The Foreclosure Scandal

I haven’t posted yet about the news that thousands of delinquent homeowners are being booted out of their houses in special “expedited” courtrooms using flimsy and often fraudulent documentation produced by foreclosure mills that handle thousands of cases with factory-like efficiency. Part of the reason is that lousy documentation aside, it wasn’t clear to me how many people were actually being unfairly evicted. Mike Konczal sets me straight:

I was raised by a family in law enforcement, and as such, I tend to think people who are arrested are usually guilty. And I think that the people who are ending up inside the Florida bankruptcy courts are usually going to be people that shouldn’t be in their homes.

It’s because of the fact that I and others usually believe this to be true that I think due process and the trust in the process of our courts is so incredibly important. It’s necessary to force the parties at hand to marshall evidence that they swear is true, and to present it to an impartial judge to render judgment after full consideration. This is America, where everyone gets a chance before the court. If this breaks, the weak and the innocent are the ones who suffer.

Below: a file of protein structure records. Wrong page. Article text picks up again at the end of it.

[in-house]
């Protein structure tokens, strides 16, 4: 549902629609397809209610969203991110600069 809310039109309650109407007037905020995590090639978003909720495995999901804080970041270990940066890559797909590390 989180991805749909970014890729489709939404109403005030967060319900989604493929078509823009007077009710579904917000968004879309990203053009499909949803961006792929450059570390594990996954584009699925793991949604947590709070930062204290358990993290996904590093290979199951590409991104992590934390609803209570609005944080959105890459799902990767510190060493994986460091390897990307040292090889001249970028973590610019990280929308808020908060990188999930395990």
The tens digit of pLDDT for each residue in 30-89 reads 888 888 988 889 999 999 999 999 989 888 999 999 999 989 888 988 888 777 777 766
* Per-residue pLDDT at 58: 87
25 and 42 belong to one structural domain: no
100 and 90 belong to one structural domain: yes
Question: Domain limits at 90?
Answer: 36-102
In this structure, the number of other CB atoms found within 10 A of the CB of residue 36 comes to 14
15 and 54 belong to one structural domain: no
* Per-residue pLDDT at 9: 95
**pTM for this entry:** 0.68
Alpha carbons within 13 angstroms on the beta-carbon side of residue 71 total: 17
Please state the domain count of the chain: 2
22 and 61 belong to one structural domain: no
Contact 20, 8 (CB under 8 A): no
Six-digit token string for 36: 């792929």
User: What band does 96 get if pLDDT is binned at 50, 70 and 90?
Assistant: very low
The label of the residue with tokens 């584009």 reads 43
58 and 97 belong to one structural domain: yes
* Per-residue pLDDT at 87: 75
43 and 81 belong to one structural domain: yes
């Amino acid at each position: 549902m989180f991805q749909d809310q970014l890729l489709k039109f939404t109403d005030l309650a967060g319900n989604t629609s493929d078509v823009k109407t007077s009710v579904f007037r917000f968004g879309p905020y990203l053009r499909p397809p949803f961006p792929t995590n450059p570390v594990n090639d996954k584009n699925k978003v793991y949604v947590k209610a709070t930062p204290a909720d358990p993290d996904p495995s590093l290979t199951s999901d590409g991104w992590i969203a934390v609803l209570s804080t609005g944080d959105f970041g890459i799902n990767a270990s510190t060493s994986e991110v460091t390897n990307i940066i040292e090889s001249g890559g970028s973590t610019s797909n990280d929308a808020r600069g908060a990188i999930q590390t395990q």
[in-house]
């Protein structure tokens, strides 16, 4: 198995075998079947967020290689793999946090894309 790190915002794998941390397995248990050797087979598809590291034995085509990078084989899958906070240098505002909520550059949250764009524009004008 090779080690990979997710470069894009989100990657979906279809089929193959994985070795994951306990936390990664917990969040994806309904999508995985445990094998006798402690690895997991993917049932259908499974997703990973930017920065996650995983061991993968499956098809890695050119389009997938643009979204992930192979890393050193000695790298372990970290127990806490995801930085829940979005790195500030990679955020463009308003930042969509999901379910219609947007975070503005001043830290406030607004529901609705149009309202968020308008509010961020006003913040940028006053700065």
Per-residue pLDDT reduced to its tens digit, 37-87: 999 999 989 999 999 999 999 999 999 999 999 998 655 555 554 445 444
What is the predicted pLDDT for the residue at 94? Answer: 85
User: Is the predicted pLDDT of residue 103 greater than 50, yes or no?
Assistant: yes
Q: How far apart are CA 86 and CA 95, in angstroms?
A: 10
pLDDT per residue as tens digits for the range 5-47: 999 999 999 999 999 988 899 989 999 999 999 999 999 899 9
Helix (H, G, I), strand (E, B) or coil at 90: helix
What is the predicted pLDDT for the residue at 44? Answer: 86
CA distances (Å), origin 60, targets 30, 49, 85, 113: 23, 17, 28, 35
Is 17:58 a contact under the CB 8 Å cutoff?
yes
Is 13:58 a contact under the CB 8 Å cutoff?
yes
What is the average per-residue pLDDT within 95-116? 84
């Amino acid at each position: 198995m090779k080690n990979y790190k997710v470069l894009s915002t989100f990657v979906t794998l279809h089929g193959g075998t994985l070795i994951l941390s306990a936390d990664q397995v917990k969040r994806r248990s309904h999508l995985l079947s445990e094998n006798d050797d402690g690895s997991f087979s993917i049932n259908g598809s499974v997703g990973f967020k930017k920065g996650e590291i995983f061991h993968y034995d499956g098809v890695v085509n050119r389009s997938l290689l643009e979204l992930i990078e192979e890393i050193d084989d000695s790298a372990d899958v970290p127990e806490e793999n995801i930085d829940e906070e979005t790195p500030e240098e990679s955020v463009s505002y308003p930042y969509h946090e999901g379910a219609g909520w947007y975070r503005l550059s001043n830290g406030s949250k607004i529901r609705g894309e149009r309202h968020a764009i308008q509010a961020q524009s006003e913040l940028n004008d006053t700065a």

This is right. It’s precisely when we’re absolutely sure that someone is guilty that we need to be most careful about making sure we actually prove it. Beyond that, as Mike points out in the rest of his post, virtually all of these foreclosure problems could probably be resolved quickly and fairly amicably if banks were simply willing to share the loss with the homeowner. But they’re not, and neither Congress nor the president has been willing to change the law to encourage this. It’s all about protecting the banks, not anyone else.

Read the whole thing, and then click the links to read a bit more. I think Obama probably gets more flack for his economic policies than he deserves — for the most part they’ve been about as good as they could have been under the circumstances — but when it comes to home foreclosures the administration and Congress have been cynical and derelict in the extreme. It’s a disgrace, whether Rick Santelli likes it or not.

One More Thing

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We want to go all in, and we've got seed funding to get started—but we're looking to raise $500,000 in donations this spring so we can go even bigger. You can read about why we think this project is what the moment demands and what we hope to accomplish—and if you like how it sounds, please help us go big with a tax-deductible donation today.

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